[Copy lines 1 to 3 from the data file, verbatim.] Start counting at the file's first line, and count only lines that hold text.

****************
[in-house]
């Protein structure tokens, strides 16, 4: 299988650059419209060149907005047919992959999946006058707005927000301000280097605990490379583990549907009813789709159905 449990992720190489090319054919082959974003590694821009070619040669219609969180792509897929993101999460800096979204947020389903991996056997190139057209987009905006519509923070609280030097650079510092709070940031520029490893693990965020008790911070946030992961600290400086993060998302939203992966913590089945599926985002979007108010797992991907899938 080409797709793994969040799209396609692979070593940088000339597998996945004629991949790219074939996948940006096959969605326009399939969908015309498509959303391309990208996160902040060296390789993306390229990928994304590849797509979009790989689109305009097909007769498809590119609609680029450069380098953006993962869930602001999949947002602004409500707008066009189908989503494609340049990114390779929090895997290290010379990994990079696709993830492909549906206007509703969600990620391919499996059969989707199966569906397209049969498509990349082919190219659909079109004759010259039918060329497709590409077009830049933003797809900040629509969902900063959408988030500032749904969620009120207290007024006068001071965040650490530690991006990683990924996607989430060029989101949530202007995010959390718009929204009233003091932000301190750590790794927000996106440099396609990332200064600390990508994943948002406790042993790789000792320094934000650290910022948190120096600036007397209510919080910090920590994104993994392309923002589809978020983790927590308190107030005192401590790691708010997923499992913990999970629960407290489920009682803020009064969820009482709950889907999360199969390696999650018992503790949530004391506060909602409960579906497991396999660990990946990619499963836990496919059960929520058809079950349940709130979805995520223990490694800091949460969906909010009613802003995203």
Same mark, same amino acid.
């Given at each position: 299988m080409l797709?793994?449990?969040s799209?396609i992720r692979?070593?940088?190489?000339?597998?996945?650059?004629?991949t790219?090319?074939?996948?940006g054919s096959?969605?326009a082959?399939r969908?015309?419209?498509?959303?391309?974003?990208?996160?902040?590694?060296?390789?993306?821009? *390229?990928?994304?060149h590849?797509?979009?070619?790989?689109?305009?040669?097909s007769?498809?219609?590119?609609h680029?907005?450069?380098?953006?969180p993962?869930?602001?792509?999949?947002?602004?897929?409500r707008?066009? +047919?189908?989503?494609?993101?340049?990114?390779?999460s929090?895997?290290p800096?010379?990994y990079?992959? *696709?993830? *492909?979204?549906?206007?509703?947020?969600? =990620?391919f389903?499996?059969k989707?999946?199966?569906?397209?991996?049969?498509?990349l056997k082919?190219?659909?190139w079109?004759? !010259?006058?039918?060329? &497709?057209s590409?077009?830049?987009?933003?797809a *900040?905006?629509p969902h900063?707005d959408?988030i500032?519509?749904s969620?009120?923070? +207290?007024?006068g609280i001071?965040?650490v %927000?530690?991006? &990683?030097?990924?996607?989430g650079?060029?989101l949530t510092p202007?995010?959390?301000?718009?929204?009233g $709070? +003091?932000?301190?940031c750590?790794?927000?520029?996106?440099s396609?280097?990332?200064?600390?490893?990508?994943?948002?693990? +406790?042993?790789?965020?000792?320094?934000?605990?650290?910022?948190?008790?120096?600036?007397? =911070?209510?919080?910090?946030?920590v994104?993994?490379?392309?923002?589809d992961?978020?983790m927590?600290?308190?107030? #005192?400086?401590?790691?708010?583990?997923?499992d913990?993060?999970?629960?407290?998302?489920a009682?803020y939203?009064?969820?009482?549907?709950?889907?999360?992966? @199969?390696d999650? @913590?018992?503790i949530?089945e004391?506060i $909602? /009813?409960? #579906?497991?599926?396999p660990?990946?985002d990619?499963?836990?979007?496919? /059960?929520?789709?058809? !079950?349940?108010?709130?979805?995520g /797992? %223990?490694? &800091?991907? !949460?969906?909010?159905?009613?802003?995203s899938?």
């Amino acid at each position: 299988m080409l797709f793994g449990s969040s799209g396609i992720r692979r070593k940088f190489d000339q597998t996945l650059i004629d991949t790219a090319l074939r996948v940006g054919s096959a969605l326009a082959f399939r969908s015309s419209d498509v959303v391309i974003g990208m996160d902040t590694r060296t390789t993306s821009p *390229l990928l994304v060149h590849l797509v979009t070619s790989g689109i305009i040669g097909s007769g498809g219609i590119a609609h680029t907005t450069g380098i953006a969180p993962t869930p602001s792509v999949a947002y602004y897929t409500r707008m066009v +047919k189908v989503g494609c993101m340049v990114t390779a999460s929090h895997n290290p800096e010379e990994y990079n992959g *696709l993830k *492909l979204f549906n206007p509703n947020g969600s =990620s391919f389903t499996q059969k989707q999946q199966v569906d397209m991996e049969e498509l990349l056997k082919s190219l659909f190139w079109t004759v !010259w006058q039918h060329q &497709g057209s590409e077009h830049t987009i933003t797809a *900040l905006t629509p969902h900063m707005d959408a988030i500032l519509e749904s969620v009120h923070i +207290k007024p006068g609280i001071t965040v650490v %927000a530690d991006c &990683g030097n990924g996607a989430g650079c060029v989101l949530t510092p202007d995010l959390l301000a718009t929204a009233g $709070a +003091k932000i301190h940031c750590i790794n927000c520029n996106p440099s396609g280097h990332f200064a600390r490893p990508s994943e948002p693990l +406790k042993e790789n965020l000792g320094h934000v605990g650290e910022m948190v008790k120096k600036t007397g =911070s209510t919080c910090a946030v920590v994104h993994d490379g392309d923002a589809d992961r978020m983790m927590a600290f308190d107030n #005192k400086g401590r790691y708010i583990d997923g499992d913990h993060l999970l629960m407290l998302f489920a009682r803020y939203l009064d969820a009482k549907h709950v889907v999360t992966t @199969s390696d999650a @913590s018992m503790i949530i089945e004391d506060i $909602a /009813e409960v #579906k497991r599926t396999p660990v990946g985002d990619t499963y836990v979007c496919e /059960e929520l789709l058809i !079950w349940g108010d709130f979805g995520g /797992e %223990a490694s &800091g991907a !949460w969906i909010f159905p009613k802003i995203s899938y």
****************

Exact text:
[in-house]
């Protein structure tokens, strides 16, 4: 299988650059419209060149907005047919992959999946006058707005927000301000280097605990490379583990549907009813789709159905 449990992720190489090319054919082959974003590694821009070619040669219609969180792509897929993101999460800096979204947020389903991996056997190139057209987009905006519509923070609280030097650079510092709070940031520029490893693990965020008790911070946030992961600290400086993060998302939203992966913590089945599926985002979007108010797992991907899938 080409797709793994969040799209396609692979070593940088000339597998996945004629991949790219074939996948940006096959969605326009399939969908015309498509959303391309990208996160902040060296390789993306390229990928994304590849797509979009790989689109305009097909007769498809590119609609680029450069380098953006993962869930602001999949947002602004409500707008066009189908989503494609340049990114390779929090895997290290010379990994990079696709993830492909549906206007509703969600990620391919499996059969989707199966569906397209049969498509990349082919190219659909079109004759010259039918060329497709590409077009830049933003797809900040629509969902900063959408988030500032749904969620009120207290007024006068001071965040650490530690991006990683990924996607989430060029989101949530202007995010959390718009929204009233003091932000301190750590790794927000996106440099396609990332200064600390990508994943948002406790042993790789000792320094934000650290910022948190120096600036007397209510919080910090920590994104993994392309923002589809978020983790927590308190107030005192401590790691708010997923499992913990999970629960407290489920009682803020009064969820009482709950889907999360199969390696999650018992503790949530004391506060909602409960579906497991396999660990990946990619499963836990496919059960929520058809079950349940709130979805995520223990490694800091949460969906909010009613802003995203």
Same mark, same amino acid.